I’ve never applied it to evangelism before. Neat.

    peace|dewde
    http://teensagainstporn.com

  3. 3 Paulg

    This is a good thought, but it’s an overly individualistic approach to discipleship. Jesus had far more than 12 people. When they replaced Judas they selected from a group of people who were “in and out among us beginning with the baptism of John until the day that he was taken up.” When we think of discipleship in the terms ‘fishers of men’ we approach it in the way we fish, one pole catching one fish at a time. But fishing
    meant entire nets being cast out to catch enough fish to feed a village. These nets are the sum total of our communities, which is why our love for one another will prove we are his disciples. True discipleship is interested in mending these nets which means bringing our hearts and mind united in the single purpose of bringing about the Kingdom of God.

    My fear in the ‘all we have to do is get 12 people” is that people will become even more isolated than the thousands of denominations with the millions of churches, and the hundreds of millions of individuals who compose those churches. We trade millions of small communities not connected in a body for billions of small groups not connected to the body. Jesus built a network of 150 people, who were unified before and after Pentecost, and this unity provided a large net by which “Jerusalem, in all Judea and Samaria, and even the remotest part of the earth” could be caught in…I obviously agree in the personal approach, our churches have embraced individualism and consumerism, but the scope of what we do needs to be far more reaching.

    p.s. the women in India who has never eaten told me all of this : ) lol, sorry inside joke

  4. Jesse,

    Not sure if you have seen this video on YouTube, but it lines up with your post. Enjoy

    Justin
    http://www.thebibletrainer.com/blog

  5. This approach to discipleship may seem a little audacious, but I do understand the underlying meaning that you are trying to get at here. It is quite intriguing to rap our minds around the numbers and how if we each played our part, the world would forever be changed 3-times over. What I love about this is that the challenge is not to amass numbers, but to build personal relationships – one person at a time. It shows the heart and mission of Jesus Christ which was simply just to love people.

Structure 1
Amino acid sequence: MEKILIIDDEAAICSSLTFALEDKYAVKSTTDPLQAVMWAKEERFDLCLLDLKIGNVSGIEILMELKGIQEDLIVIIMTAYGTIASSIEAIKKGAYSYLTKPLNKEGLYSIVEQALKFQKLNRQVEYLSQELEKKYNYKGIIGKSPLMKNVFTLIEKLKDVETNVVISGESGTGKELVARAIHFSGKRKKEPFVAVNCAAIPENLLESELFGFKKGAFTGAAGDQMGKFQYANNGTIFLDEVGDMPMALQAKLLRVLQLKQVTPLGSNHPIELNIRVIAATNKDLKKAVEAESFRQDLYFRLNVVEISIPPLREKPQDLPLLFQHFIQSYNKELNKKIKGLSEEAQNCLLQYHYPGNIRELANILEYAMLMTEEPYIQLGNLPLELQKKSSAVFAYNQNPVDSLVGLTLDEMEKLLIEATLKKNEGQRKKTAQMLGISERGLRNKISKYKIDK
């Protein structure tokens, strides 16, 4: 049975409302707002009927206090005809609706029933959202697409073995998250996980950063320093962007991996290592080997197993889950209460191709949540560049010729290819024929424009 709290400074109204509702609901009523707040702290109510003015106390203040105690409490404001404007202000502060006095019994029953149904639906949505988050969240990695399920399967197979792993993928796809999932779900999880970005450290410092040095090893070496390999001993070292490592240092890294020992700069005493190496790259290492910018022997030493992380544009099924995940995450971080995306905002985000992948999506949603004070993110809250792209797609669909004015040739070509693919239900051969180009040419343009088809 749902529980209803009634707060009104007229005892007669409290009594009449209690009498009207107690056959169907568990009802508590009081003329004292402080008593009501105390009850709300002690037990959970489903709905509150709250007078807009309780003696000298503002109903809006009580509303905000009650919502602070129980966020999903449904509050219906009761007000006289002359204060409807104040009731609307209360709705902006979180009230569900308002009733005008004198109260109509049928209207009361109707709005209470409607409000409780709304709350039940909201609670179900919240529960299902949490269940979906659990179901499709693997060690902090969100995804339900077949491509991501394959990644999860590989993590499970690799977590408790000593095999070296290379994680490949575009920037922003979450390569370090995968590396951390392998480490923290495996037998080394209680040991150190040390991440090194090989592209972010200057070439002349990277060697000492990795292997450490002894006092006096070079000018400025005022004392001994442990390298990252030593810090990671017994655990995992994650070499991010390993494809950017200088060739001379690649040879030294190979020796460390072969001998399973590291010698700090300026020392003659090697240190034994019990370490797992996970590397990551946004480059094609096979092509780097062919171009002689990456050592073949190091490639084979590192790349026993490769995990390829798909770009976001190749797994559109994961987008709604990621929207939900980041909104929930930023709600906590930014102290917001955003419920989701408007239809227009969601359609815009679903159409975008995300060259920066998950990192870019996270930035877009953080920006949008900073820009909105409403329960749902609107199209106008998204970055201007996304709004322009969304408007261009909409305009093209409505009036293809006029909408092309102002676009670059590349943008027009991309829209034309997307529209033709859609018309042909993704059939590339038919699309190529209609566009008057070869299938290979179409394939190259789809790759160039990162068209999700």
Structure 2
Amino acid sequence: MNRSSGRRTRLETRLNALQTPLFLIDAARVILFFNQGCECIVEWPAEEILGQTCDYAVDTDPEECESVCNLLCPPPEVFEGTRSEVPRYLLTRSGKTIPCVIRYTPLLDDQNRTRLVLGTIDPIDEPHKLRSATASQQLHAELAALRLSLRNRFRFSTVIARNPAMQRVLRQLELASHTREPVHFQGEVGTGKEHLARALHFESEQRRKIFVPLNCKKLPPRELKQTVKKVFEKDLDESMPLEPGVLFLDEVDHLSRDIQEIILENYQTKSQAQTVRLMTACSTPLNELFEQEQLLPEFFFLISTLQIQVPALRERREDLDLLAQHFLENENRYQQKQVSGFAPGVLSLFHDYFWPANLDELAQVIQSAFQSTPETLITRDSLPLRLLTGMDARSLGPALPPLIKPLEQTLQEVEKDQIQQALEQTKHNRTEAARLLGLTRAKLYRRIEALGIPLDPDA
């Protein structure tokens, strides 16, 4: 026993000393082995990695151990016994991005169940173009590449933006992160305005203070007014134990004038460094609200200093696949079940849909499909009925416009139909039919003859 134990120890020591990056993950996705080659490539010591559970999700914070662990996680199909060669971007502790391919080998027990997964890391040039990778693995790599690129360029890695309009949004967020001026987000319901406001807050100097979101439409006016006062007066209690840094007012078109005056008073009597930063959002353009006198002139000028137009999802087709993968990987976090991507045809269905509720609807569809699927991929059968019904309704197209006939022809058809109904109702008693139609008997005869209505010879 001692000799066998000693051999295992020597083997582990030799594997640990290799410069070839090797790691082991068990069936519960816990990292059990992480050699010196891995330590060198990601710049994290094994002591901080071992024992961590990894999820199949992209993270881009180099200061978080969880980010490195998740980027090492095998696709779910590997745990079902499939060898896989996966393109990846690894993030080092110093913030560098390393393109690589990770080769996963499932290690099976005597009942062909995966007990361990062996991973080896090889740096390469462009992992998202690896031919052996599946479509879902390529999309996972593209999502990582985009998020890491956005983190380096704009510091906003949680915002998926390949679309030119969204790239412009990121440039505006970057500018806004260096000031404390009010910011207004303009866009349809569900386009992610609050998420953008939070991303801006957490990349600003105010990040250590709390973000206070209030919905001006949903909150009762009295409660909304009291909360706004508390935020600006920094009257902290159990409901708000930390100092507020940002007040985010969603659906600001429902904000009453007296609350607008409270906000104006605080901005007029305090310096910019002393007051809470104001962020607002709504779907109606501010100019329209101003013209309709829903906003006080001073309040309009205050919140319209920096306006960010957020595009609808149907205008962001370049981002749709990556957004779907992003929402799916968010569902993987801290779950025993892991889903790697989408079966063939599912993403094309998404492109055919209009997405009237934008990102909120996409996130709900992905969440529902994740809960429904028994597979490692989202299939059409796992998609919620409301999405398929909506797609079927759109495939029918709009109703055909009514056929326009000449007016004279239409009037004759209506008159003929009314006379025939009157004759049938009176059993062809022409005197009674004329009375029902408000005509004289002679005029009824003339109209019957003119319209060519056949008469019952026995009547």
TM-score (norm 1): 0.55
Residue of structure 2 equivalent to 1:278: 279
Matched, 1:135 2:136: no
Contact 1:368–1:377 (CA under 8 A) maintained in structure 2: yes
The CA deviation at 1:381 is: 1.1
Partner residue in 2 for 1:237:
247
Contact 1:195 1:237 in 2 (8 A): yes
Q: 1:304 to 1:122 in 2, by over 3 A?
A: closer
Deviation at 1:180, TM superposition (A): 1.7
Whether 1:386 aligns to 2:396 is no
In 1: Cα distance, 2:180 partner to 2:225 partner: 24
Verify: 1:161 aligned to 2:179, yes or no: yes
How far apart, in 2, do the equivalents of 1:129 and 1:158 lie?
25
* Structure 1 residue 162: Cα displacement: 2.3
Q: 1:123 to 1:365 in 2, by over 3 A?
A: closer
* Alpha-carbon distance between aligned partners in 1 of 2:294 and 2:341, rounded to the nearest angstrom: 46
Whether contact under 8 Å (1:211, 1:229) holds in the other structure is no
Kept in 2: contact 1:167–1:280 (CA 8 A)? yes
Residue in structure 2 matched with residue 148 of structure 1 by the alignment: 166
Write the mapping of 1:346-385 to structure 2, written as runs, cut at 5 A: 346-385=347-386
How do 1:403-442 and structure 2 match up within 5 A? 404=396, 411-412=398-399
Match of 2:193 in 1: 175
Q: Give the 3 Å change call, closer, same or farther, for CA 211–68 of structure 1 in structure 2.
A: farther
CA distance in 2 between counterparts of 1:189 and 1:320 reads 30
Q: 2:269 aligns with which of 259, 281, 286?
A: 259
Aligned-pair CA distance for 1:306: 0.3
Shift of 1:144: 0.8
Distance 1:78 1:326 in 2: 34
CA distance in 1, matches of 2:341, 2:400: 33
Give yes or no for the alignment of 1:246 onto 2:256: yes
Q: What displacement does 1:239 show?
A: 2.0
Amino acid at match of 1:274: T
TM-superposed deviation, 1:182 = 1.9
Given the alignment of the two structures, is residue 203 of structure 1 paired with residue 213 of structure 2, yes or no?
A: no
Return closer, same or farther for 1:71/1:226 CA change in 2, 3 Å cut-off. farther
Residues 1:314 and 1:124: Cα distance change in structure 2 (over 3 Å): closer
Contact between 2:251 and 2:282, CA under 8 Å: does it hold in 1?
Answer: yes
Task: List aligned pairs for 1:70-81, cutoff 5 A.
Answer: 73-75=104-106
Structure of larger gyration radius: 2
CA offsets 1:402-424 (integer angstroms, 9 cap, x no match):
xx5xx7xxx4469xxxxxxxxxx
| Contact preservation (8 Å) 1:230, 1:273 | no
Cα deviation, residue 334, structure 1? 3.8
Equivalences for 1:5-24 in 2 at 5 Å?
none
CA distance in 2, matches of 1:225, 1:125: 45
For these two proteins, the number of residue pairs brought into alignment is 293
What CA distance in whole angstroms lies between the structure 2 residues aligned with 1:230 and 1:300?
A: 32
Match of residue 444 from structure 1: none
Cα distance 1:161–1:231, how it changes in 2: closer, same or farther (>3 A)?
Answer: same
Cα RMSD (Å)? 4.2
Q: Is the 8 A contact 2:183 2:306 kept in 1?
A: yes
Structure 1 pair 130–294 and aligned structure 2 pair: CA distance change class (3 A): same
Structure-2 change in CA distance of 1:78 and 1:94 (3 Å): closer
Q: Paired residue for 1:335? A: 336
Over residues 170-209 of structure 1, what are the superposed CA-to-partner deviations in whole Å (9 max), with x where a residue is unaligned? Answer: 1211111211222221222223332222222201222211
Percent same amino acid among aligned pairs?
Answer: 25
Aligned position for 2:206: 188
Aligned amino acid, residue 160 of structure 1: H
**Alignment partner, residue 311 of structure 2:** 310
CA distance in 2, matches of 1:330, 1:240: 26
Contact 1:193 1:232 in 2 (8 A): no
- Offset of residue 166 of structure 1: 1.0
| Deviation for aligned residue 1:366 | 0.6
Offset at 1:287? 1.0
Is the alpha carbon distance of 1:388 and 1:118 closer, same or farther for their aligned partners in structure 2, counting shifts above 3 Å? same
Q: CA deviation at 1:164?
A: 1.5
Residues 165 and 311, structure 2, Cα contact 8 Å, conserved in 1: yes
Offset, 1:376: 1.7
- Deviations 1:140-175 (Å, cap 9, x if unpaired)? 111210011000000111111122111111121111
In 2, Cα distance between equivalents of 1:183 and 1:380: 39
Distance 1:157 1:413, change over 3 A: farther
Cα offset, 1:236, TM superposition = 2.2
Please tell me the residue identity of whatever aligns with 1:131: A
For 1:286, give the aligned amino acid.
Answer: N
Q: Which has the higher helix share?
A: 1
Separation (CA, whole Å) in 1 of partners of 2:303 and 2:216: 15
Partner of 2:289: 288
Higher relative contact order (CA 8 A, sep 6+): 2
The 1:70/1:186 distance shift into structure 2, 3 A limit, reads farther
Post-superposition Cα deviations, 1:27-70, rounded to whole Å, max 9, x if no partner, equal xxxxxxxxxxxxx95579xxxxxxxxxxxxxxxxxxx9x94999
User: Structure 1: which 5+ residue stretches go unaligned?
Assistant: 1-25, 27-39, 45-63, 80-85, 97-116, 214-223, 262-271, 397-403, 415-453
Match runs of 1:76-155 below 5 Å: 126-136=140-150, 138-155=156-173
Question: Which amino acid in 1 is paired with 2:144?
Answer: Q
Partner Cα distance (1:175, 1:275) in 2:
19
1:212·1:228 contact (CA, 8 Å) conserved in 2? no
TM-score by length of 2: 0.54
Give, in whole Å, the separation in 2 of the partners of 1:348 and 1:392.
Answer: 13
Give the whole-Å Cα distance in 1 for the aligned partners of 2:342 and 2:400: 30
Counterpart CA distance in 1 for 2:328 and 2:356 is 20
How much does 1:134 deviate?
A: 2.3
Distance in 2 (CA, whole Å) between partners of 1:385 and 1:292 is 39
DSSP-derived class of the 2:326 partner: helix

It challenges us to stop hiding behind the walls of not knowing how to effectively engage people with the Gospel. It exposes our insecurities and our fear of coming across like the typical Christian to a non-believer… judgmental, arrogant, and self-righteous. It simplifies our complex rationalization by offering us the opportunity to just get to know people and expose them to Christ through doing life together.

    I think so many of us are more comfortable attending church and hanging out with other believers, thinking that our church will handle the soul-winning. Sadly, many of us can attest to this mindset. Words like “Discipleship”, “Fishers of Men” and “Spreading the Gospel” have been drowned out with hip terms like “Online Worship Experiences”, “Relevant Environments”, and “Multi-Site Campuses”. Don’t get me wrong, I think all of that stuff plays an important role in today’s modern world, but we cannot forget what it feels like to “BE” the church rather than “DOING” church.

    Great post… the numbers help to bring Christ’s Great Commission to a conceivable light.

    T H I N K | C H A N G E

  6. I think before numbers get involved, it’s really about defining what discipleship is and what the process looks like.


Leave a Reply

Fill in your details below or click an icon to log in:

WordPress.com Logo

You are commenting using your WordPress.com account. Log Out / Change )

Twitter picture

You are commenting using your Twitter account. Log Out / Change )

Facebook photo

You are commenting using your Facebook account. Log Out / Change )

Google+ photo

You are commenting using your Google+ account. Log Out / Change )

Connecting to %s


%d bloggers like this: